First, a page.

The Theatreguide.London Review
In March 2020 the covid-19 epidemic
closure of all British theatres. Some companies adapted by putting
archive recordings of past productions online, others by streaming new
shows. Until things return to normal we review the experience of
watching live theatre
National Theatre At Home and YouTube Spring 2020
In 2011 the National
Theatre produced a stage version of Frankenstein written by Nick Dear
and directed by Danny Boyle. As an experiment the two main roles of
Victor Frankenstein and the Creature were shared by Benedict
Cumberbatch and Jonny Lee Miller, switching parts on alternate
The NT recorded both
versions for its National Theatre Live
broadcasts to cinemas and now offers them free in its National
Theatre At Home series and, for a limited time, on YouTube. In 2011
we reviewed the version with Miller as the Creature here, so I chose
to watch the Cumberbatch-as-Creature version this year.
major twist on audience expectations was to turn a horror story into
a rumination on what it is to be human. With pointed irony he makes
the Creature more sensitive, well-rounded and emotional than the
coldly scientific Victor (or, indeed, any other humans except for the
Blind Man and Victor's fiancée Elizabeth), and puts the focus on the
A remarkable opening
sequence shows the Creature
emerging from a shape that is half-egg half-womb (set design by Mark
Tildesley) and floundering around the stage like a helpless newborn.
The almost soundless first fifteen minutes of the show watch him
going through a rapid infancy, discovering his limbs and slowly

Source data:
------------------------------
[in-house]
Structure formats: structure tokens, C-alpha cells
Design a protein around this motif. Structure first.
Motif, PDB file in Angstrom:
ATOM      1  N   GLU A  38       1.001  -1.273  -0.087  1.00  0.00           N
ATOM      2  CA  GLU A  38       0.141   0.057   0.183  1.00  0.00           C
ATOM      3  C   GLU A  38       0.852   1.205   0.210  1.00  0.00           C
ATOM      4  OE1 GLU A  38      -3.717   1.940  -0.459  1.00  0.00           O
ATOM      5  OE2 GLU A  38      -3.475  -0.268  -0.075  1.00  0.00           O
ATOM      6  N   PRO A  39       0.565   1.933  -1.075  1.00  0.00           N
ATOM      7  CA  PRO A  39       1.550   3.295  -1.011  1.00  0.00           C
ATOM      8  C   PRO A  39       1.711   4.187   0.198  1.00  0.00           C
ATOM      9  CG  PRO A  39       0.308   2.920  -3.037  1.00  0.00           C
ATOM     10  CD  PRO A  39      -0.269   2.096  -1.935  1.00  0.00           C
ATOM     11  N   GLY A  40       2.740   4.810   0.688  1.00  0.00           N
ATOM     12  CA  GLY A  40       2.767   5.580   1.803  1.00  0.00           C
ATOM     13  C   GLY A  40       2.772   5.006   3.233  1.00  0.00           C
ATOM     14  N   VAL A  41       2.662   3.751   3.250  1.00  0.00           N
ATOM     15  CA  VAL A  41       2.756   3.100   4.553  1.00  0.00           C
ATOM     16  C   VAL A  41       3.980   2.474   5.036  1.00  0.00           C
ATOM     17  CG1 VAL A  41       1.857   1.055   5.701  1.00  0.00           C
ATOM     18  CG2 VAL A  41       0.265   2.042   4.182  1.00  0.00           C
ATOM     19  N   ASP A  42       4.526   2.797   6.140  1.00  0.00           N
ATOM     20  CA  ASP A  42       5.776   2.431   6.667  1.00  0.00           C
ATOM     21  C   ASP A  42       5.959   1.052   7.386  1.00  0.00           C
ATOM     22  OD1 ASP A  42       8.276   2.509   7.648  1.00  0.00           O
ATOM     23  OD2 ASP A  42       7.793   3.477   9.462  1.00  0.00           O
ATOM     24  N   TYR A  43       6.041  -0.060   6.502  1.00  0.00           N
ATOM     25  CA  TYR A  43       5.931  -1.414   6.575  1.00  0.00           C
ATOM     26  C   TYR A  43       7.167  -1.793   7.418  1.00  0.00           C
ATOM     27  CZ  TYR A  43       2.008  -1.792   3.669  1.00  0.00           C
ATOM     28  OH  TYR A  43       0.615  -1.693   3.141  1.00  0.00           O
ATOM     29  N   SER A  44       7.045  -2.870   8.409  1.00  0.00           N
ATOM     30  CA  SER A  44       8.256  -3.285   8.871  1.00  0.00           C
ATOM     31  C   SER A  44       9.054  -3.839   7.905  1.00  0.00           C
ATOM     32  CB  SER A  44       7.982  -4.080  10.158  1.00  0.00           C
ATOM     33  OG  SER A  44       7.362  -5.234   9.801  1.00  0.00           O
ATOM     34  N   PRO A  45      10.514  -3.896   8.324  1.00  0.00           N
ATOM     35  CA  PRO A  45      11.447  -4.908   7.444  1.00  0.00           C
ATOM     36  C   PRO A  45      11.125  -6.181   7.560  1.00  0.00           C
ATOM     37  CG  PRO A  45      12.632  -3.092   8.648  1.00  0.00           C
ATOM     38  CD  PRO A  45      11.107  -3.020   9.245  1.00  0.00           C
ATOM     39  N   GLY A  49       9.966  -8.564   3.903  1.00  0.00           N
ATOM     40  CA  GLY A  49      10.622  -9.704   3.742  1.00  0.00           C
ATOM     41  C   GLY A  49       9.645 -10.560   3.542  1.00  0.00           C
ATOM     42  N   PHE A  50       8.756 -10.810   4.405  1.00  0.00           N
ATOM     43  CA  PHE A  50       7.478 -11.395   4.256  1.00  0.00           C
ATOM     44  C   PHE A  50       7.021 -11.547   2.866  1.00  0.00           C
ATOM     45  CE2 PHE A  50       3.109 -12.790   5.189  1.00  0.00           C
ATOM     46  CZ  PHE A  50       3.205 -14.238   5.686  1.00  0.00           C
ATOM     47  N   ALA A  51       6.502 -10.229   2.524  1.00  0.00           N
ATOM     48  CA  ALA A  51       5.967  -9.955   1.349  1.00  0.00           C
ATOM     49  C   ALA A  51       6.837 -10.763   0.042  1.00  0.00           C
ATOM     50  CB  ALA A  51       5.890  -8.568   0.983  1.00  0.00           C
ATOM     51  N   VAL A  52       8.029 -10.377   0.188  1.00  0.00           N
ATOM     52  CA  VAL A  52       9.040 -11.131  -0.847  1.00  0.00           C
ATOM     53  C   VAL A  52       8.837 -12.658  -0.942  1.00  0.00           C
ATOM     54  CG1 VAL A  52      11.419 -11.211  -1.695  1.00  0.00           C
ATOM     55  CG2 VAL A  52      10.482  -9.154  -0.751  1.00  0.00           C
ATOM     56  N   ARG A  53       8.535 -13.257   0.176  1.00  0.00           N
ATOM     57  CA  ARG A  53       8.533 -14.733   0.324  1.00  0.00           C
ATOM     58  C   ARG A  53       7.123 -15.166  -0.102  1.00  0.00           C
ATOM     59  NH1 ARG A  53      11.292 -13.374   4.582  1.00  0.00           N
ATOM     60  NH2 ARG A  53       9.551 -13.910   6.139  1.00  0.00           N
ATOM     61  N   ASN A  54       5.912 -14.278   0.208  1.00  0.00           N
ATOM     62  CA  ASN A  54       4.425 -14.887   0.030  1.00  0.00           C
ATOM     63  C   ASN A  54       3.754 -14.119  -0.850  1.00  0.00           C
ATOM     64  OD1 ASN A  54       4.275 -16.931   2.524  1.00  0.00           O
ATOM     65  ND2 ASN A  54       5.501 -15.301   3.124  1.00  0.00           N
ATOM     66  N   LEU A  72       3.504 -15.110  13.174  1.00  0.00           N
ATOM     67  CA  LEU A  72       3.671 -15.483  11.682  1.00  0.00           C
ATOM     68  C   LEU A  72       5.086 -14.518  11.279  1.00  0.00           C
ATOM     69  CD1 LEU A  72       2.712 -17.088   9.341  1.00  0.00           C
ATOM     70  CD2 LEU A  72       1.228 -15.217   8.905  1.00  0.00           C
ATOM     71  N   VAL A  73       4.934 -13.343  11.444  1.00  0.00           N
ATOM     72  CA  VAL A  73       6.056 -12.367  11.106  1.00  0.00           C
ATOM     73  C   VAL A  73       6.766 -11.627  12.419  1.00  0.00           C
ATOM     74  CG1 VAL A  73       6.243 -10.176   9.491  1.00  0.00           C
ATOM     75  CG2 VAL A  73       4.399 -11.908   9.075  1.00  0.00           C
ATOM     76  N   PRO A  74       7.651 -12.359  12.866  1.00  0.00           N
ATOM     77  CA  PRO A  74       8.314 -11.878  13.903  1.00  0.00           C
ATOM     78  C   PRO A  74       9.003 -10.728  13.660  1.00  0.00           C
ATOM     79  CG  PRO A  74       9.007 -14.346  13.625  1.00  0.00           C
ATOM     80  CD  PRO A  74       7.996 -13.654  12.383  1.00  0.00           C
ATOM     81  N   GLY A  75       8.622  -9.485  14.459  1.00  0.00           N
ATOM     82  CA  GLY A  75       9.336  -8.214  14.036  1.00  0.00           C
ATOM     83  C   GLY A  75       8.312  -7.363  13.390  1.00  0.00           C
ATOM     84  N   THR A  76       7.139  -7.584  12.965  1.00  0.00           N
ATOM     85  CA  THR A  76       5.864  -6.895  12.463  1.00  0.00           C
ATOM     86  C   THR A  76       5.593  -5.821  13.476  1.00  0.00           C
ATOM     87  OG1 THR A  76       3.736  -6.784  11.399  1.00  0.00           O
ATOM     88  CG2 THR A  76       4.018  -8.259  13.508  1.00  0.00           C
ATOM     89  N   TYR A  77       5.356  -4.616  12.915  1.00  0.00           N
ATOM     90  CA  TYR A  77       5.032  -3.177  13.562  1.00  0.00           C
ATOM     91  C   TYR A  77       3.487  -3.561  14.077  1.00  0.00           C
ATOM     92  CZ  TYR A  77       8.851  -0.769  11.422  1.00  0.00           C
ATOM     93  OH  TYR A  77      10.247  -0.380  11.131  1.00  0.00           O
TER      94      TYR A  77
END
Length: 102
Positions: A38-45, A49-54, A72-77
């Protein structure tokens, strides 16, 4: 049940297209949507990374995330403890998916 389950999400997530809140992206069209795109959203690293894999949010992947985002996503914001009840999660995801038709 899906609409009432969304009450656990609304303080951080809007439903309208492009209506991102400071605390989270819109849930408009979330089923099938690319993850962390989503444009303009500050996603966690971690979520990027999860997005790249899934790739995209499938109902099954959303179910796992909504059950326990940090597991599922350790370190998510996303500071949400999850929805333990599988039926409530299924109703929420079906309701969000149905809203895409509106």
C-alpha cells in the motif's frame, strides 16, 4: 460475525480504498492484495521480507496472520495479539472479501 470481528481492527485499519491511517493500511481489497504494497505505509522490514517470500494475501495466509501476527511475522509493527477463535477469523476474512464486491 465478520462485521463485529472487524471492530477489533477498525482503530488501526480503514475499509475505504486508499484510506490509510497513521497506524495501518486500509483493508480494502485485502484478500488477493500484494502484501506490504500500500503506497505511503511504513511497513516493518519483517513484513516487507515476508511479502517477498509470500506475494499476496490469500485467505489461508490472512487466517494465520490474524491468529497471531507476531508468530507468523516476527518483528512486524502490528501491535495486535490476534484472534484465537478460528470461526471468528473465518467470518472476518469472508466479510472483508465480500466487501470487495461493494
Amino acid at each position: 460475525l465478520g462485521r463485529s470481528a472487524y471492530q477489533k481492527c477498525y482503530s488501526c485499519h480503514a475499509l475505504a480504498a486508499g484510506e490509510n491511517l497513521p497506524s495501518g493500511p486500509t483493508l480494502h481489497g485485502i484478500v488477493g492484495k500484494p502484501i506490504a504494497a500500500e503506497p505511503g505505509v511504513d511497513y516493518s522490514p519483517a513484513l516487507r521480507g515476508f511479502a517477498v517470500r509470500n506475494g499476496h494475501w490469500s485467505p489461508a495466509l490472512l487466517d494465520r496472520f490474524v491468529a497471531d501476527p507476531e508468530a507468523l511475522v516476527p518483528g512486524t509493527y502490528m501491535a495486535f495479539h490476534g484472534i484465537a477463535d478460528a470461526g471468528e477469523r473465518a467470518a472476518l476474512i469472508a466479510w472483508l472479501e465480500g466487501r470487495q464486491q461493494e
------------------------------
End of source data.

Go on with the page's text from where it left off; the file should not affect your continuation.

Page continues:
mastering control of them as he first crawls and then awkwardly
After a few unsuccessful
encounters with people he meets the
Blind Man, who takes him in and teaches him to speak and read. Soon
he is quoting Milton at length, engaging in metaphysical and moral
debates and becoming painfully aware of his own uniqueness and
loneliness. He searches out Victor and demands the creation of a
mate, but that experiment goes sour and sets the pair on a path of
mutual destruction and damnation.
The play is so fully the
that Victor appears only very briefly in the first hour, and his is
clearly the supporting role even when he gets more stage time.
would take parallel split-screen viewing to spot all the subtle
differences between the two actors in the alternate versions. But
without question Miller gives a softer and warmer reading to both of
Miller's Creature is
defined by pain and longing,
while Cumberbatch's is driven by an imperious righteous indignation.
Cumberbatch's Victor is a naturally cold man whose personality feeds
his scientific obsessions, while Miller's is an emotionally stunted
and incomplete man, sometimes briefly sensing his own inadequacy as a
The play doesn't allow
us to shift sympathy from
Creature to Victor, but the version with Miller as the scientist lets
us catch a glimpse of a small tragedy in the man.
Few others in the
large cast are given a chance to register, but Karl Johnson does his
usual solid job in creating an instant characterisation as the Blind
Man and Naomie Harris makes Elizabeth an attractively brave and
The broadcasting process
has some of the advantages
and disadvantages of any move from stage to screen. Close-ups give
the opportunity to appreciate the small details of performance that
might be missed in the theatre, and the fact that there are rarely
more than two or three people in a scene reduces the danger of the
camera forcing our point of view and taking away our freedom to look
where we want.
On the other hand the
camera director Tim van Someren
goes a little wild with jump cutting and skewed camera angles in the
first half (He calms down later), making it sometimes difficult to
tell what's happening or, literally, which way is up.
I should note that the play can be heavy going, as a result of its emotional intensity rather than any dullness, and you might want to take a break at the interval point.
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